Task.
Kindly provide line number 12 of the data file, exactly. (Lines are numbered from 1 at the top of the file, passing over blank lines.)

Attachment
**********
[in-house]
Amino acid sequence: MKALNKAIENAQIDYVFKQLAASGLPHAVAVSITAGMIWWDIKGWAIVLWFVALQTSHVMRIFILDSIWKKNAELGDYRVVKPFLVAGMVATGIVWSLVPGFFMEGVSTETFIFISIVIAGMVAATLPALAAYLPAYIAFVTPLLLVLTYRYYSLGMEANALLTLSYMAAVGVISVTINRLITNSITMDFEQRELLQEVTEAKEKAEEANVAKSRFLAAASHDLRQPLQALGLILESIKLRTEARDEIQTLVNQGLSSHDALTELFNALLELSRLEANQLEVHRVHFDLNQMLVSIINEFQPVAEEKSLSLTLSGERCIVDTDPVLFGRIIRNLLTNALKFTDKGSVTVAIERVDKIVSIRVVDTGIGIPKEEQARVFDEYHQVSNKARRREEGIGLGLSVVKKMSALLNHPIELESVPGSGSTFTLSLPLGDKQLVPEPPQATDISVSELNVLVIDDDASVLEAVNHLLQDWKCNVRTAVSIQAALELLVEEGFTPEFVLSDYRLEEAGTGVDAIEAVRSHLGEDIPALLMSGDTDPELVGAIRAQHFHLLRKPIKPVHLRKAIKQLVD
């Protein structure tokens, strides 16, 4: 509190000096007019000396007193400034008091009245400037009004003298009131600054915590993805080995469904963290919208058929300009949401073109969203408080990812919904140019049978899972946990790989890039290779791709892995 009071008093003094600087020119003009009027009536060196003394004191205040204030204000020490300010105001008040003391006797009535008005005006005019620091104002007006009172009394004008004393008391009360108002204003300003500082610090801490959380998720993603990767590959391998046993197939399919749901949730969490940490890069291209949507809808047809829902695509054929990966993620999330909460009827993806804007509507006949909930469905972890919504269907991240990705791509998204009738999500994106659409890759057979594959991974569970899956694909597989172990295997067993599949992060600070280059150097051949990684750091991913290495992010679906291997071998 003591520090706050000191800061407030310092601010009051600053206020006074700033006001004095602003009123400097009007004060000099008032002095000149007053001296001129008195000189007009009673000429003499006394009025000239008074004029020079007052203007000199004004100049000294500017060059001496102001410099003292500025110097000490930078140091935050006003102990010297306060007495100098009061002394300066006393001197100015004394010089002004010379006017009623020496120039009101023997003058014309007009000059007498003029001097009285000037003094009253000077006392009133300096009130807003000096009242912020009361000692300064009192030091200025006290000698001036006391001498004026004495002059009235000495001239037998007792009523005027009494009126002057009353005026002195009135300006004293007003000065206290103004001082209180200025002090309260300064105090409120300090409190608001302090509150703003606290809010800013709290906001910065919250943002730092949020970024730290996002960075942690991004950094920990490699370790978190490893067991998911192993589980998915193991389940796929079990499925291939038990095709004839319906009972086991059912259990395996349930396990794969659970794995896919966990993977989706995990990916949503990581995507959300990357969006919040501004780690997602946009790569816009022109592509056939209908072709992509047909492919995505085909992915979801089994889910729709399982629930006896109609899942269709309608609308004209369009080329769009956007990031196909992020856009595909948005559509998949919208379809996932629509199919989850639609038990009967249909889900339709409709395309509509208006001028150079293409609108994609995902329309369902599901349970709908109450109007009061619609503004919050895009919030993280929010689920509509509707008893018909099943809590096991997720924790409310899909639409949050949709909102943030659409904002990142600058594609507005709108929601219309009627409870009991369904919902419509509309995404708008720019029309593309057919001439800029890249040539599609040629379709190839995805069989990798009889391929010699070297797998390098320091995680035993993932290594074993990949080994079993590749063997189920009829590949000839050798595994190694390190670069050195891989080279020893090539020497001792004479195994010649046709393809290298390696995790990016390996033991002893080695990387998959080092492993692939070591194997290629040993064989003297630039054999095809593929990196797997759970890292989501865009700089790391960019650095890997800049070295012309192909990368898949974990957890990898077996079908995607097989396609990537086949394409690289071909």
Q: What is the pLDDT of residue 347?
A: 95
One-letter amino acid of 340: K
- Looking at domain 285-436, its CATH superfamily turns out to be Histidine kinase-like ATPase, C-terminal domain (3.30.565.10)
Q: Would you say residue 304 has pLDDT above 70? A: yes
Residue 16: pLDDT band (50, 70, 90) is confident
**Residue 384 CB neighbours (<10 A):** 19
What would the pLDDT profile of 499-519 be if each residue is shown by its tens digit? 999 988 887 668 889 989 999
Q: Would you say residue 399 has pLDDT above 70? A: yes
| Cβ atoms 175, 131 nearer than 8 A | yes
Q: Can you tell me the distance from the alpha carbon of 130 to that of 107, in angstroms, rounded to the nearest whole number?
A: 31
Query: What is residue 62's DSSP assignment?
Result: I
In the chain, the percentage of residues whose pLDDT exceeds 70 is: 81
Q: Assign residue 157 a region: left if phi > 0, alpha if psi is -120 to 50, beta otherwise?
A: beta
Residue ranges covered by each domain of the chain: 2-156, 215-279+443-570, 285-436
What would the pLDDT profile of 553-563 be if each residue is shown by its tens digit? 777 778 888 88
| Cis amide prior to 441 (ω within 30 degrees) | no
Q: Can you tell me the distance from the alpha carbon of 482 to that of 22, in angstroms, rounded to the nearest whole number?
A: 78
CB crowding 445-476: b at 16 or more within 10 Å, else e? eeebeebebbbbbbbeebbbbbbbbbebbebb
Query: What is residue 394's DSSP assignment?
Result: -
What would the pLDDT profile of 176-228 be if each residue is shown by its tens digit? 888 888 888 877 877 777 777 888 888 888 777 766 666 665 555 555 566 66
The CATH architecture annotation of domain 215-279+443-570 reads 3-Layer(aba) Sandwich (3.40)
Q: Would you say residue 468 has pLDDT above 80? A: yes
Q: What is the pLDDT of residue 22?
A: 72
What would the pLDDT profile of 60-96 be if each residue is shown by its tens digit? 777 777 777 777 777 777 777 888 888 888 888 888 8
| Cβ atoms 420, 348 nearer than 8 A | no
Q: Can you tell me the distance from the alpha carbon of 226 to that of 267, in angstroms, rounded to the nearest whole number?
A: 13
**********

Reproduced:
Q: Would you say residue 399 has pLDDT above 70? A: yes